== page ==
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Get involved: Change starts with you

By Bill Delehunt

By default, this weekly column became focused on politics. This final installment will be the same. However, instead of focusing on a particular issue, like that the Keystone Pipeline would be built with American steel (it won’t, Donald Trump lied to you on that), or that Trump Towers were being wiretapped (Donald Trump lied about that, too), or that Susan Rice committed a crime while doing her job to protect America (Donald Trump lied about…well, you get the picture) – this column will be about the readers.

Get involved. Momentous change abounds in the country and around the world. It’s insufficient to say this is the most auspicious moment in history – every period in history is fraught with peril and filled with hope. Today is not Dec. 7, 1941, with the greatest human disaster hours away. Nor is it September 11, 2001, with a nation in shock. Our era is both mundane and vitally important.

Get involved. The healthcare industry accounts for one sixth of our economy, and it’s guaranteed to impact your life as you age. The Republicans are trying, so far without success, to erase the Affordable Care Act (ACA). Almost assuredly they will try again later this year, and one way or another, the ACA will be modified. It has to be, though most people like the provisions of this law, particularly the ones that allow people to stay on their parents’ health insurance until age 26 and  guarantee health care despite any pre-existing conditions. However, some re-writes of the bill try to sweep away those popular parts of the existing law. You need to watch carefully, because everyone will need health insurance sometime in their lives. Pay attention or you might be hurting under any new healthcare legislation.

Do you need another reason to get involved? There is an ongoing investigation of the President of the United States by the FBI. That probe by the FBI has been going on since last summer, because members of Donald Trump’s team were in contact with Russian operatives. This is extraordinary and could very well lead to both criminal charges for high ranking members of the current presidential administration and a constitutional crisis. On behalf of The Minaret, I wrote to the federal officials representing the UT area, and received responses from both Senator Bill Nelson and Representative Kathy Castor. They are quite concerned about the apparent Russian connection and have promised to continue the investigation of those within the White House. All it took was an email to their offices to let them know that citizens are concerned, and you could send one in less time than it takes to walk from Vaughn to Sykes.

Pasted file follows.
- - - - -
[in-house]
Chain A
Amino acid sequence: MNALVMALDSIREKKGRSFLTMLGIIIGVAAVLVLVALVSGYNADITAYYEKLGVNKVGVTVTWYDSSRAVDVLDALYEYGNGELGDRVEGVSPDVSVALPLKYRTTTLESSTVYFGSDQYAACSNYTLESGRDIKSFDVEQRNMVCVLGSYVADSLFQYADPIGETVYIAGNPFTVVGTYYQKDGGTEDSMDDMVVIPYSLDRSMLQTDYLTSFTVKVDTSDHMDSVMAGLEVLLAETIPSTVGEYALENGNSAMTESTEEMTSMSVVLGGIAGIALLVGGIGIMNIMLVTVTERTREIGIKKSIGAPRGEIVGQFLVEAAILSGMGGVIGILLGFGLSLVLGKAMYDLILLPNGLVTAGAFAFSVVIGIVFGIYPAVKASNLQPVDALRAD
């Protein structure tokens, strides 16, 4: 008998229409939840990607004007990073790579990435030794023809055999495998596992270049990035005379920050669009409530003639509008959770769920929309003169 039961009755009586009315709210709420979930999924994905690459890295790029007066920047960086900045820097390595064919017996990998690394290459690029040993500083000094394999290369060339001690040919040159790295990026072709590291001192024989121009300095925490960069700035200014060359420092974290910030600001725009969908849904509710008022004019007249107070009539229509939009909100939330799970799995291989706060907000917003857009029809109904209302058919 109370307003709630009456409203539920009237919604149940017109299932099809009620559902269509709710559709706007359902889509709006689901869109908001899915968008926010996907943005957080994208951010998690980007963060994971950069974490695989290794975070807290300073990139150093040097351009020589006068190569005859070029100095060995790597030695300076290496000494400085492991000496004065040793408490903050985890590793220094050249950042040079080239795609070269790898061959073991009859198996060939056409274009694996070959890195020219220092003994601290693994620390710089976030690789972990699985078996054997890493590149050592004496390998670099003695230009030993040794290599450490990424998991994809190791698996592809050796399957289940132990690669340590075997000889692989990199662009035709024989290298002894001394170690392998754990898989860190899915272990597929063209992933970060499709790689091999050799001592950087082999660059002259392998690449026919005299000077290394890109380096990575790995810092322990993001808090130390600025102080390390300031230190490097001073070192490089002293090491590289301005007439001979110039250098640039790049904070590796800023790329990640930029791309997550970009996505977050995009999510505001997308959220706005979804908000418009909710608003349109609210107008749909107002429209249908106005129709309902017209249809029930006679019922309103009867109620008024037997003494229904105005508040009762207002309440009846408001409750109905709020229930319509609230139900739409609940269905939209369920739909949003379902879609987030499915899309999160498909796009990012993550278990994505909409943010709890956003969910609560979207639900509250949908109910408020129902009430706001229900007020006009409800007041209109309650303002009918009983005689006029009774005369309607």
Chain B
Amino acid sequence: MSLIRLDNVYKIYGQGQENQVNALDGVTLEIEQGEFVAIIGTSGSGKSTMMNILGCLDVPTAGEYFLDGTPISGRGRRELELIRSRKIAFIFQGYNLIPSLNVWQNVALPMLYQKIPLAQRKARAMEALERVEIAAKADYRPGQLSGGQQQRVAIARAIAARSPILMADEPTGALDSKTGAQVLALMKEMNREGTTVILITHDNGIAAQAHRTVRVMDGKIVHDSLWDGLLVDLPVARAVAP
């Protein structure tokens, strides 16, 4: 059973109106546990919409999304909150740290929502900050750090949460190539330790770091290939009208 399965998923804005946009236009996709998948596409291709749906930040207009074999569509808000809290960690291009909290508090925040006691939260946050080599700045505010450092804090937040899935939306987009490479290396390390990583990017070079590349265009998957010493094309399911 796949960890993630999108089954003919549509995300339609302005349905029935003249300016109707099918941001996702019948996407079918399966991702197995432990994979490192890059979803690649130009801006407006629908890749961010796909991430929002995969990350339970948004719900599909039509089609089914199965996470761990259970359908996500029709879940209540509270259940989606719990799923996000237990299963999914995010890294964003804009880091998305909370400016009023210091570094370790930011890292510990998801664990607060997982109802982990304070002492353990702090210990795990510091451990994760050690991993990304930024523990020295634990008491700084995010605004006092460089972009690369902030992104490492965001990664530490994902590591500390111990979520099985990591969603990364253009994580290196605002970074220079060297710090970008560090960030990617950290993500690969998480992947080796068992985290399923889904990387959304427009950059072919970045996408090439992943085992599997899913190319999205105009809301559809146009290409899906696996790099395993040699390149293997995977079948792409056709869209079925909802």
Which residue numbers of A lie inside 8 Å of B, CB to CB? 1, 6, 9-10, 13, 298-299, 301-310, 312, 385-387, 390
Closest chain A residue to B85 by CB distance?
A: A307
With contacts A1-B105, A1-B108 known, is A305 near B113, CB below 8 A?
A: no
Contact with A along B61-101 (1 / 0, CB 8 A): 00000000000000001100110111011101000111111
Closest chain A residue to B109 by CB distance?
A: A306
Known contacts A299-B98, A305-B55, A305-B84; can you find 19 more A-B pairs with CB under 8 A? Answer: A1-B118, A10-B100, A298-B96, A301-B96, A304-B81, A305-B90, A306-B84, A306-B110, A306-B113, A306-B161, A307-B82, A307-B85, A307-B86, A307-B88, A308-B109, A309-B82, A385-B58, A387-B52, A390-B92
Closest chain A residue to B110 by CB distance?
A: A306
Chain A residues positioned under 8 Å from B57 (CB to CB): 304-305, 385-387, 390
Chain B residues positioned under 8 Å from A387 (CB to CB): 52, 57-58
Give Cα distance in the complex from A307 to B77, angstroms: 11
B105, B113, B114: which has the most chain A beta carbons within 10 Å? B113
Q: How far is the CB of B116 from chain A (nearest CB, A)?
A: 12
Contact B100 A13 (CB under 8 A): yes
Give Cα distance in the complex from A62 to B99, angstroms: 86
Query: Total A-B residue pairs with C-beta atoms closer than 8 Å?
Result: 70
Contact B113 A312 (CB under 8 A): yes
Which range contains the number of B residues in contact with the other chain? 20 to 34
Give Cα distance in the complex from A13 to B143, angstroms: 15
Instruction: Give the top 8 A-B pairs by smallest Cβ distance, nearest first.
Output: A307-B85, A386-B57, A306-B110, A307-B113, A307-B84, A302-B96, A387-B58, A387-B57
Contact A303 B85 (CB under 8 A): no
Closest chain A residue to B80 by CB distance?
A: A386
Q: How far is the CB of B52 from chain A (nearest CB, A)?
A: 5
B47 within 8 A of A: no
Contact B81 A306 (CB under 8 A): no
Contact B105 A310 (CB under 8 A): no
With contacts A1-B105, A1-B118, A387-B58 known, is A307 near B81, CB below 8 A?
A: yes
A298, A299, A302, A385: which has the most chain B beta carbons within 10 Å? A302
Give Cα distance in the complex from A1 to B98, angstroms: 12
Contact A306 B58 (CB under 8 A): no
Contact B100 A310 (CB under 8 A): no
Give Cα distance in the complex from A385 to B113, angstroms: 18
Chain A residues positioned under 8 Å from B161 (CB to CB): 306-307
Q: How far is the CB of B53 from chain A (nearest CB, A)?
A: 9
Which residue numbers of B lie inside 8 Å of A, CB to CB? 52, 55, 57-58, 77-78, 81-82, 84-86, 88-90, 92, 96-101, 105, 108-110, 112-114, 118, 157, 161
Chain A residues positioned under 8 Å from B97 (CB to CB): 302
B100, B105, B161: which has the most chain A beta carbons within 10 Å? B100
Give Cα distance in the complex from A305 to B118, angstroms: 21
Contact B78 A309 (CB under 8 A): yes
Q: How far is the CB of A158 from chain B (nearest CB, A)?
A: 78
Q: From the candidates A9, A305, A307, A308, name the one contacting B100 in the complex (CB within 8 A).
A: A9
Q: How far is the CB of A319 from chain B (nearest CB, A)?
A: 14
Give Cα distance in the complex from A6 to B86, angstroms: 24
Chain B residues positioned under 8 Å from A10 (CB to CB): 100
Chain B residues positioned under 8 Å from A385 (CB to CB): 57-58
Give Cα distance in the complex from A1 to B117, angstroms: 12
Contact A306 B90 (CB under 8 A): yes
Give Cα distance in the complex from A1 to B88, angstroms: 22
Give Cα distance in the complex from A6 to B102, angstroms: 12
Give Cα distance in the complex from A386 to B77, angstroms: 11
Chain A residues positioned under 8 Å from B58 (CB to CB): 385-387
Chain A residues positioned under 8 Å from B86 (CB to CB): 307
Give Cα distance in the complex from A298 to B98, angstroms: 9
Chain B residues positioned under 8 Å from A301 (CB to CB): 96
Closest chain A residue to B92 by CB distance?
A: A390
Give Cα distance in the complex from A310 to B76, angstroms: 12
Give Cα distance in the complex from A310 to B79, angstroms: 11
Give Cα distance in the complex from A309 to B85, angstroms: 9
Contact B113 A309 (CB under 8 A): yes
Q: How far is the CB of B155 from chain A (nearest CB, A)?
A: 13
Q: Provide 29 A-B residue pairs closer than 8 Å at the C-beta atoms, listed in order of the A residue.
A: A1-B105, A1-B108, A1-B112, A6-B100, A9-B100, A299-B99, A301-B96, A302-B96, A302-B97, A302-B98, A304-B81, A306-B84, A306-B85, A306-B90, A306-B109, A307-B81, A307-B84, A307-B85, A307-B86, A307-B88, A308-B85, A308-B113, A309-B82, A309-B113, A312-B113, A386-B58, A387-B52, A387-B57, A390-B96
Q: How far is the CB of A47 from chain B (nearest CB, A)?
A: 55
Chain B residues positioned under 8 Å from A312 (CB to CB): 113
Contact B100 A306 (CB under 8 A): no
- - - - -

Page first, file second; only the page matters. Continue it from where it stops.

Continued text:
Get involved. Donald Trump, without consulting with Congress, fired dozens of missiles into Syria. It was an action Trump himself warned against in tweets from 2013: “Again, to our very foolish leader, do not attack Syria – if you do many very bad things will happen and from that fight the US gets nothing!” “What will we get for bombing Syria besides more debt and a possible long term conflict? Obama needs Congressional approval.” (Be careful what you send out in 140 characters, because Tweets can come back to haunt you.) The consequences of that act of war are still to be seen, but it will take the involvement of the entire populace to keep the country on an even keel.

Get involved. These are not the darkest days our country has seen, but they are certainly not benign. This is normal, or what will be normal for many years to come. It is easy to get caught up in your personal narrative – “What will be on the final?” “Will he call me?” “Am I going to pass?” “Will she say yes if I ask her?” “What comes after graduation?” All of those are incredibly important issues which require your attention. But so does the larger world around you, since it will impact you every step of your journey through life. Spend five minutes a day listening to the news, or better yet, reading some news online or gasp picking up a newspaper. Find a publication that is middle of the road, or read separate opinions of the same events so you can judge for yourself where the truth lies. Talk to your friends twice a week about current events. Take a 10 minutes once every month and write to an elected official, telling her or him what you think and what is important to you. There are plenty of apps, such as Countable, which explains what bills are under consideration and gives you direct access to contact your lawmakers and express your opinion on legislation.

These are not the best of times nor the worst of times, but they are our times. Get involved.

Bill Delehunt can be contacted at william.delehunt@spartans.ut.edu.

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